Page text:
It is to the credit of Diana Nyad that, despite having a rapist as a coach, she became a great swimmer, to the credit of those Olympic gymnasts on the US team that they won gold medals despite having a molester for their doctor (more than 100 women have accused him to date). But who might they have been, in their personal lives as well as their professional achievements, without such harm being inflicted upon them by men who wished to harm them, who regarded harming them as their right and their pleasure? Who might we all have been if our society didn’t just normalize but celebrate this punishment and the men who inflict it? Who have we lost to this violence before we ever knew them, before they ever made their mark on the world?
Half a century after the fact, Tippi Hedren told how Alfred Hitchcock sexually assaulted and harassed her off-camera and punished her on-camera and then told her, “his face red with rage,” if she continued rejecting his advances, “I’ll ruin your career.” Hitchcock, whose desire to punish beautiful women drives many of his films, did his best to do so, even blocking an Oscar nomination for her starring role in his 1964 film Marnie. These famous people are not the exceptions, but the examples, the public figures we know playing out the dramas that are happening in schools and offices and churches and political campaigns and families too.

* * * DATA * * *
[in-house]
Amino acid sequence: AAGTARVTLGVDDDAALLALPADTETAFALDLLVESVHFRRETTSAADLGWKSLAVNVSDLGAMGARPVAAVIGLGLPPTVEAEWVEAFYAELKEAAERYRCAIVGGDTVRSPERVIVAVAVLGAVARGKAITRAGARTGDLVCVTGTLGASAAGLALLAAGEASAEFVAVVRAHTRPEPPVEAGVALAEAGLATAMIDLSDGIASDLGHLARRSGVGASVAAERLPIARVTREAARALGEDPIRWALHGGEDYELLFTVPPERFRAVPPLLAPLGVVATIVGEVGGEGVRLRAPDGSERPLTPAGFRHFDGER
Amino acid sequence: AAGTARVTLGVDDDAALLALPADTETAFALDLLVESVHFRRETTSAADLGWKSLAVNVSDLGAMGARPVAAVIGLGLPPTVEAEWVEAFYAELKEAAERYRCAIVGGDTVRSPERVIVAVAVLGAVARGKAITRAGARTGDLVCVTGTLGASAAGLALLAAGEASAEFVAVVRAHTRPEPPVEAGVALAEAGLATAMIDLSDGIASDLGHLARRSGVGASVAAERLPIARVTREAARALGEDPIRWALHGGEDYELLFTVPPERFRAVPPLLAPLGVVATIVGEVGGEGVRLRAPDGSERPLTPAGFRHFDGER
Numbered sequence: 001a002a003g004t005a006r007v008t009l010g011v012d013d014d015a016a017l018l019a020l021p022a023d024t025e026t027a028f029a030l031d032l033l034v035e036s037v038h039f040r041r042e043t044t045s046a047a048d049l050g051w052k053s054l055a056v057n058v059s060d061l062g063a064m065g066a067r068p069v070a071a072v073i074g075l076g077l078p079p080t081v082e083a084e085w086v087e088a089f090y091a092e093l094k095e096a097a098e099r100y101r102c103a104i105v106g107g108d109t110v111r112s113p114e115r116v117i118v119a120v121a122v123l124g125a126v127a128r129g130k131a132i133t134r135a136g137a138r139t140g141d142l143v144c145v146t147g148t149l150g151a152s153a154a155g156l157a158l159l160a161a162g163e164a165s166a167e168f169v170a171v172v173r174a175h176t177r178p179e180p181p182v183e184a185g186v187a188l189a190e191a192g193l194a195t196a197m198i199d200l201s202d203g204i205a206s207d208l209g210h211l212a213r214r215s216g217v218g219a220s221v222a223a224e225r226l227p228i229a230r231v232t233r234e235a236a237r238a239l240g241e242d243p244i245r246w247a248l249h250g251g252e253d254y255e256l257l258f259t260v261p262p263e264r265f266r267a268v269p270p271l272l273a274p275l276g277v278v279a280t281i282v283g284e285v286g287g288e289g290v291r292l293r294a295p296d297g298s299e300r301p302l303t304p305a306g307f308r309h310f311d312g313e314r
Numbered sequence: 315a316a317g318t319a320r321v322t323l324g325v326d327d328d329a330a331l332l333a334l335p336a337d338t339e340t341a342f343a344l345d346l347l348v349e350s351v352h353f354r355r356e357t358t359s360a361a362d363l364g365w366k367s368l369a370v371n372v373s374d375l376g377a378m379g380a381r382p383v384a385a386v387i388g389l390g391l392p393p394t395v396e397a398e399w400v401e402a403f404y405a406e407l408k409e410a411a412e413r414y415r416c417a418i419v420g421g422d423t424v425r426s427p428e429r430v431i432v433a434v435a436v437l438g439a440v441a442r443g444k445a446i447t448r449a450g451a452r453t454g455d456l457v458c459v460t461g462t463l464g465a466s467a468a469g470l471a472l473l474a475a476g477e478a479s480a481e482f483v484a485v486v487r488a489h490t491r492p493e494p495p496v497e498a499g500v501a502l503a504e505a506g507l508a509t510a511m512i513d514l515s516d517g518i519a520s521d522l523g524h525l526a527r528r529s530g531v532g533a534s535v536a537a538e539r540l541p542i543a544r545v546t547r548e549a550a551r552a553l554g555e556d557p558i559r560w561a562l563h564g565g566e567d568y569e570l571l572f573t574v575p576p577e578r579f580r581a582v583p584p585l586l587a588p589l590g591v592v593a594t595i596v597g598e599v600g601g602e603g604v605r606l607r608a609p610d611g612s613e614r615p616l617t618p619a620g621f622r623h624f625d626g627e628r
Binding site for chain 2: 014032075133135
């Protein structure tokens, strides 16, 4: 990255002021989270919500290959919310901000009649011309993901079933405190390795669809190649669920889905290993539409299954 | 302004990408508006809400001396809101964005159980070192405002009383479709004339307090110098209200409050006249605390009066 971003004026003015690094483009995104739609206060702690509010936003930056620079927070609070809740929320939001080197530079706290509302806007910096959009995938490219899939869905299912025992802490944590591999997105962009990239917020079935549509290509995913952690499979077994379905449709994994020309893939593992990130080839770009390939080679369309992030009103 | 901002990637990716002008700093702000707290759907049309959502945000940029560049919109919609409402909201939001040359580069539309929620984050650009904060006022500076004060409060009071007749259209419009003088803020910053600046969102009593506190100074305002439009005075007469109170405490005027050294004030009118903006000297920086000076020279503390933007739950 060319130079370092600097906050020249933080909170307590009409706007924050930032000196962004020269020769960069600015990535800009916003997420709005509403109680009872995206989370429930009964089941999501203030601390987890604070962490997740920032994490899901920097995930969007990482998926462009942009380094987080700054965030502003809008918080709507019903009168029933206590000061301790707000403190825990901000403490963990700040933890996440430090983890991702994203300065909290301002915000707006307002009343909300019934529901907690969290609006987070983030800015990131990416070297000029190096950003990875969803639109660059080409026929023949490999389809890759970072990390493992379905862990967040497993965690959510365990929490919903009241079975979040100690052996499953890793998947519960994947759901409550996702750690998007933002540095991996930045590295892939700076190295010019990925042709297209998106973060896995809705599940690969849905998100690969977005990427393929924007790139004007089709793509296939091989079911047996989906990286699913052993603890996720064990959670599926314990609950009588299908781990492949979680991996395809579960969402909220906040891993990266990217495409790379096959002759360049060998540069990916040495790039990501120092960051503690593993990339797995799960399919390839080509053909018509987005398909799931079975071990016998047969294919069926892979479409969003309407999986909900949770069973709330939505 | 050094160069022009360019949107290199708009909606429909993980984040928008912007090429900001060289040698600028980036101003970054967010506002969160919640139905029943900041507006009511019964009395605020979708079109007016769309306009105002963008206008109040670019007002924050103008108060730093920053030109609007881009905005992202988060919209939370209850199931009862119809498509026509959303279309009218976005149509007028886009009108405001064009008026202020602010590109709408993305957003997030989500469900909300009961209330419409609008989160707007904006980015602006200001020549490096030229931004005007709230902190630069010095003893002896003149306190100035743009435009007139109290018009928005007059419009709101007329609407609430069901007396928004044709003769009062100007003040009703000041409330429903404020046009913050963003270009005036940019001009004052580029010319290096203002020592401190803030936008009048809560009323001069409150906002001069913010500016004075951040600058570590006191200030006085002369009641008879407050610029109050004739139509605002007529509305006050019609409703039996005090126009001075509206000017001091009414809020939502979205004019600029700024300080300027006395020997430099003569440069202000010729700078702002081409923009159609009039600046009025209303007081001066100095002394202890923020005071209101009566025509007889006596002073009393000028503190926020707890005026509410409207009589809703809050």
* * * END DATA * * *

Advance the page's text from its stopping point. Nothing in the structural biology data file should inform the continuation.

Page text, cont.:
We live in a world where uncountable numbers of women have had their creative and professional capacity undermined by trauma and threat, by devaluation and exclusion. A world in which women were equally free and encouraged to contribute, in which we lived without this pervasive fear, might be unimaginably different. In the same way, a United States in which people of color did not have their votes increasingly suppressed, in which they did not also face violence and exclusion and denigration, might not just have different outcomes in its recent elections but different candidates and issues. The whole fabric of society would be something else. It should be. Because that is what justice would look like, and peace, or at least the foundation on which they could be built.
Rebecca Traister and others have made the important point that we should not mourn the end of the creative lives of the men being outed as predators; we should contemplate the creative contributions we never had, will never know, because their creators were crushed or shut out. When Trump was elected we were told not to normalize authoritarianism and lies, but the losses due to misogyny and racism have been normalized forever. The task has been to de-normalize them and break the silence they impose. To make a society in which everyone’s story gets told.
This too is a war about stories.